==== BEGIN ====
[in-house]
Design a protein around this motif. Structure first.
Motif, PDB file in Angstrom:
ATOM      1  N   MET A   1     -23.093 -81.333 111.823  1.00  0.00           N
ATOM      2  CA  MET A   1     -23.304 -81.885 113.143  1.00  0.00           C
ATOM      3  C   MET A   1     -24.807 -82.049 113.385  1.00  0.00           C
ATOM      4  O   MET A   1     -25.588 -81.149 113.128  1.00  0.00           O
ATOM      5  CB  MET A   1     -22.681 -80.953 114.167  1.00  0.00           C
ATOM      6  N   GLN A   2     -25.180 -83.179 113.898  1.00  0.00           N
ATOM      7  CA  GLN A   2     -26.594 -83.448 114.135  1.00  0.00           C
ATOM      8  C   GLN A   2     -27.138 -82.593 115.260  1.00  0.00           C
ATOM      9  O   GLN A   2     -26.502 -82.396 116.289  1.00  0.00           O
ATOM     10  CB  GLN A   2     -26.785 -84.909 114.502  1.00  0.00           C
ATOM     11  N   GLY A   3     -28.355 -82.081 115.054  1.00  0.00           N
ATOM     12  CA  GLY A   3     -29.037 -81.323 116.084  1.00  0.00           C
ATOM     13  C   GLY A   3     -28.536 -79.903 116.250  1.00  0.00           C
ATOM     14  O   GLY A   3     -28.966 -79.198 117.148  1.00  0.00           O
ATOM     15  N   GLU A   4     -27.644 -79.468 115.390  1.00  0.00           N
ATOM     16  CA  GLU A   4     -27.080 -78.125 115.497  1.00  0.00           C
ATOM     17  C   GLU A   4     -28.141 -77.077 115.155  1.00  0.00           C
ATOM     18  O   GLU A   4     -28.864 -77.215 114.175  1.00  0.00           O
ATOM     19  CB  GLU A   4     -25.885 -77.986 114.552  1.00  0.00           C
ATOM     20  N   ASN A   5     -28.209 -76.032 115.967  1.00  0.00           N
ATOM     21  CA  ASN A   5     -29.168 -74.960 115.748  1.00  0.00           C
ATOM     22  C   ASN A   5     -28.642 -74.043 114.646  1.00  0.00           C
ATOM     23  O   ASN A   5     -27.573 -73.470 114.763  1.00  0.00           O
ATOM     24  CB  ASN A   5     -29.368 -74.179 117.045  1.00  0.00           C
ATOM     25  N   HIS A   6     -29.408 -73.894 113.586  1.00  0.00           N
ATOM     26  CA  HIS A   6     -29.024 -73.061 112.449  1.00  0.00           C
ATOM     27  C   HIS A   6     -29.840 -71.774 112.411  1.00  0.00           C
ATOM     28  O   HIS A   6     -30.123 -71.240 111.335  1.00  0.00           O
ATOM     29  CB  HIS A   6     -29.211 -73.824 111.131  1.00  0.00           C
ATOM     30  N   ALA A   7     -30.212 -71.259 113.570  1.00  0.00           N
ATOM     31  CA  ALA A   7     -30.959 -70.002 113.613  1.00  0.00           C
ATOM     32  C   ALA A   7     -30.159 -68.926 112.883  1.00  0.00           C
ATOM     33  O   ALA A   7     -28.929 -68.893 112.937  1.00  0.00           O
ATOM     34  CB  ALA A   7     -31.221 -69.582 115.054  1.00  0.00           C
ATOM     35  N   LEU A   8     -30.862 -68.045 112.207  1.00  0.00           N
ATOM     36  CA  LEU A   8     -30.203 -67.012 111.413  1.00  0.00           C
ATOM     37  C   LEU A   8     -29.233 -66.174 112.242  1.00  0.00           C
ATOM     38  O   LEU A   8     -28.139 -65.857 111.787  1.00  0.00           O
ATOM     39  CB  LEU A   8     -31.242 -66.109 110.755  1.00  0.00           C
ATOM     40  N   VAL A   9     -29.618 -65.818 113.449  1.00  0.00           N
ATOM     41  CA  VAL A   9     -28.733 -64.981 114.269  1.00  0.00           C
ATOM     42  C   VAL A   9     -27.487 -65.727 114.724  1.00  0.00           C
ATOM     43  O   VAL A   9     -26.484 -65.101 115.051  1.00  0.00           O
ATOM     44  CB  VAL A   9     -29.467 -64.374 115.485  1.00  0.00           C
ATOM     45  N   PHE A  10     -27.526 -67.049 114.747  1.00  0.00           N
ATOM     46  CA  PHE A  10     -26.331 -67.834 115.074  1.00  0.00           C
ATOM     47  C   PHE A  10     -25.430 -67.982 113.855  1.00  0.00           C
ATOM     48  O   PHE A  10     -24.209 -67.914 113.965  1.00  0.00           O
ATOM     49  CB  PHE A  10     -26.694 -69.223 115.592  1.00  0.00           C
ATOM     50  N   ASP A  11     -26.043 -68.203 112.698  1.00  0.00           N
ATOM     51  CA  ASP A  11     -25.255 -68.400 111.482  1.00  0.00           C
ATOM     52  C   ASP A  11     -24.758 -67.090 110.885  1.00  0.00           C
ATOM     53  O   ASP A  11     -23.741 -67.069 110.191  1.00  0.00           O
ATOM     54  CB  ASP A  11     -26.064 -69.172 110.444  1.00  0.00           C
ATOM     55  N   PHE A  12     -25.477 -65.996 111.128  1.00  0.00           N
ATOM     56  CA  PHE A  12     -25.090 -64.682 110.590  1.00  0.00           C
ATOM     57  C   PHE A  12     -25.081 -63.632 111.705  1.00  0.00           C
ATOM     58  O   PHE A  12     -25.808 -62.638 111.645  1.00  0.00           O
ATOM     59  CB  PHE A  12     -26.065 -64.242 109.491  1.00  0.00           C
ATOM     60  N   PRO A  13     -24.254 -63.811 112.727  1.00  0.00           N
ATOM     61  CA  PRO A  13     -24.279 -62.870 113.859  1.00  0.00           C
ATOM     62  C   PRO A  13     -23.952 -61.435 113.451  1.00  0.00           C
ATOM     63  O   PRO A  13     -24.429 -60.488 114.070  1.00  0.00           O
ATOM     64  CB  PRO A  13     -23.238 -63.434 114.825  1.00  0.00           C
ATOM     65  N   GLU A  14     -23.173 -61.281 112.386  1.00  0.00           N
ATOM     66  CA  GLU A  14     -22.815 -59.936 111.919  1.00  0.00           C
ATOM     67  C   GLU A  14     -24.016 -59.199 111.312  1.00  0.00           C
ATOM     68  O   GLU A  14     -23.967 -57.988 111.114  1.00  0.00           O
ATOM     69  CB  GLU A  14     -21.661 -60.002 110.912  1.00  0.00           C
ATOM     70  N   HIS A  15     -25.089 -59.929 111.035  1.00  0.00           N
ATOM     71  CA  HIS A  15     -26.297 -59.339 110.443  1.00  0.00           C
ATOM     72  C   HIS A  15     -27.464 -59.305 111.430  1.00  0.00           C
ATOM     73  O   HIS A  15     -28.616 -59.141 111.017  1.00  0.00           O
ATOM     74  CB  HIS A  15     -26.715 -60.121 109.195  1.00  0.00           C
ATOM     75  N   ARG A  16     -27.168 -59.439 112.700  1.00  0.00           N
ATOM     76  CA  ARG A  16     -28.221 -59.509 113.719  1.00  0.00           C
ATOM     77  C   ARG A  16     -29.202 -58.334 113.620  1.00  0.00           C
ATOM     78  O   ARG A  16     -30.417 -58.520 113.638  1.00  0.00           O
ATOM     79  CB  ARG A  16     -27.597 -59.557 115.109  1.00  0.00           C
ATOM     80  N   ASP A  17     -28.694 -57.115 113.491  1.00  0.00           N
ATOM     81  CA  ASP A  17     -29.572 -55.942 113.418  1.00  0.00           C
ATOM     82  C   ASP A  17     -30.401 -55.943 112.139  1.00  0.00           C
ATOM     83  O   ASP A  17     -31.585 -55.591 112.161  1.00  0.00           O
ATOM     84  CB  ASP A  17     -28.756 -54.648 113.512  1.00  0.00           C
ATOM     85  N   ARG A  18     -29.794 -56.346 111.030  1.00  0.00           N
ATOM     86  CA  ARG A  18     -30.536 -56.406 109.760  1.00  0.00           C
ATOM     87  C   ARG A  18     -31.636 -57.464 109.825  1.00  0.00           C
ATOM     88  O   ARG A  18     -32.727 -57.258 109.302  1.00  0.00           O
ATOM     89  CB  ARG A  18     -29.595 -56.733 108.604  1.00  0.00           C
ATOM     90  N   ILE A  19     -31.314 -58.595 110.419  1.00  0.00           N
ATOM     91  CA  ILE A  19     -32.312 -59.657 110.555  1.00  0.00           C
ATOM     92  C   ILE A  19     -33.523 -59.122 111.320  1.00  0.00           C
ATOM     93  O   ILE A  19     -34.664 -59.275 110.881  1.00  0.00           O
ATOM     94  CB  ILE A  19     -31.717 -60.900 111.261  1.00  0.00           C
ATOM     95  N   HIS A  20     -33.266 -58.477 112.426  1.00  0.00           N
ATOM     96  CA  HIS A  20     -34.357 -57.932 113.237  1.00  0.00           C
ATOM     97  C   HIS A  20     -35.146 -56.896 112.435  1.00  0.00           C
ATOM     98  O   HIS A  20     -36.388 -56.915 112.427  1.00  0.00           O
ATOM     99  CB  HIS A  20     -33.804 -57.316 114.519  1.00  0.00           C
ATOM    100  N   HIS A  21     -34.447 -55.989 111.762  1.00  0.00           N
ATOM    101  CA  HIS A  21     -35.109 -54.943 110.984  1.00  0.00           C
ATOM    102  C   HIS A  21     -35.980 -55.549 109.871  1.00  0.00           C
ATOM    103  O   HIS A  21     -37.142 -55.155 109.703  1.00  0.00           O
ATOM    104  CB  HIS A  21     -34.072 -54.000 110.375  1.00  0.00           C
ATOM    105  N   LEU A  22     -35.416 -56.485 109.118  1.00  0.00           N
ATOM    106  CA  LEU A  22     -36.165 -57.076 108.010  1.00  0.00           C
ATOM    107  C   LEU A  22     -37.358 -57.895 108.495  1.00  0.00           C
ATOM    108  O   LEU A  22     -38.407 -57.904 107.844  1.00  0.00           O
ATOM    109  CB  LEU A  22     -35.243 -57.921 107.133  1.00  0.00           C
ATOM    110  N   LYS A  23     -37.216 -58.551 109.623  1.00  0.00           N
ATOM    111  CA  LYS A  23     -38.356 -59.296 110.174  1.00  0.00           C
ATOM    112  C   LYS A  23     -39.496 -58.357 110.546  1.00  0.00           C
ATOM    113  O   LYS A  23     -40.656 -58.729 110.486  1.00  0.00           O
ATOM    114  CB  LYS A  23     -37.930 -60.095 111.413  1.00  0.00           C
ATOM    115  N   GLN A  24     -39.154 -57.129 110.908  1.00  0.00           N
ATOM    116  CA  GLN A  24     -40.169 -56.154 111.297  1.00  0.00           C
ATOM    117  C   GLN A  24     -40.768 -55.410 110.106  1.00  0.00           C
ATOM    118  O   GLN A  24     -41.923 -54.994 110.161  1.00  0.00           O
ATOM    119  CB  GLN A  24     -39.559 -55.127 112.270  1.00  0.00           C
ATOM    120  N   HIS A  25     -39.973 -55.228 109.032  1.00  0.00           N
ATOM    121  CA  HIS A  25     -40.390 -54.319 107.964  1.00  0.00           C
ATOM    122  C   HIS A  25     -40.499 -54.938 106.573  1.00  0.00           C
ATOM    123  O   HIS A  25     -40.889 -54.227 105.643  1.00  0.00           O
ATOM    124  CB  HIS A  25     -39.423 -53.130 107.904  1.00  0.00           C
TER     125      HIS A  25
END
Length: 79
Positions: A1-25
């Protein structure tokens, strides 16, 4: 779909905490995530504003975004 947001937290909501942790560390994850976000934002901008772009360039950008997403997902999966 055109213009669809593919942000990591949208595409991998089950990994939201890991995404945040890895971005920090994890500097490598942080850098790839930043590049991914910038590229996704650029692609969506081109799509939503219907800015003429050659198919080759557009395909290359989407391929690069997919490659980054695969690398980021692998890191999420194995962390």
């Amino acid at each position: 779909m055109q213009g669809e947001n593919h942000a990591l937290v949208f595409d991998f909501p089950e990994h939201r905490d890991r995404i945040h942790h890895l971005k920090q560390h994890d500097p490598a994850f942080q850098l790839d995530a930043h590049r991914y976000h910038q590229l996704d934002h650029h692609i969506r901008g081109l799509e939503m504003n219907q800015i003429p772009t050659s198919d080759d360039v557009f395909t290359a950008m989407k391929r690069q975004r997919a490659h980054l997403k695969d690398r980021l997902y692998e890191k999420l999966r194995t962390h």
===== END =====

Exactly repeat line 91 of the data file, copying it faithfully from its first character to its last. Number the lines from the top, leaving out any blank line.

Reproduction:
ATOM     88  O   ARG A  18     -32.727 -57.258 109.302  1.00  0.00           O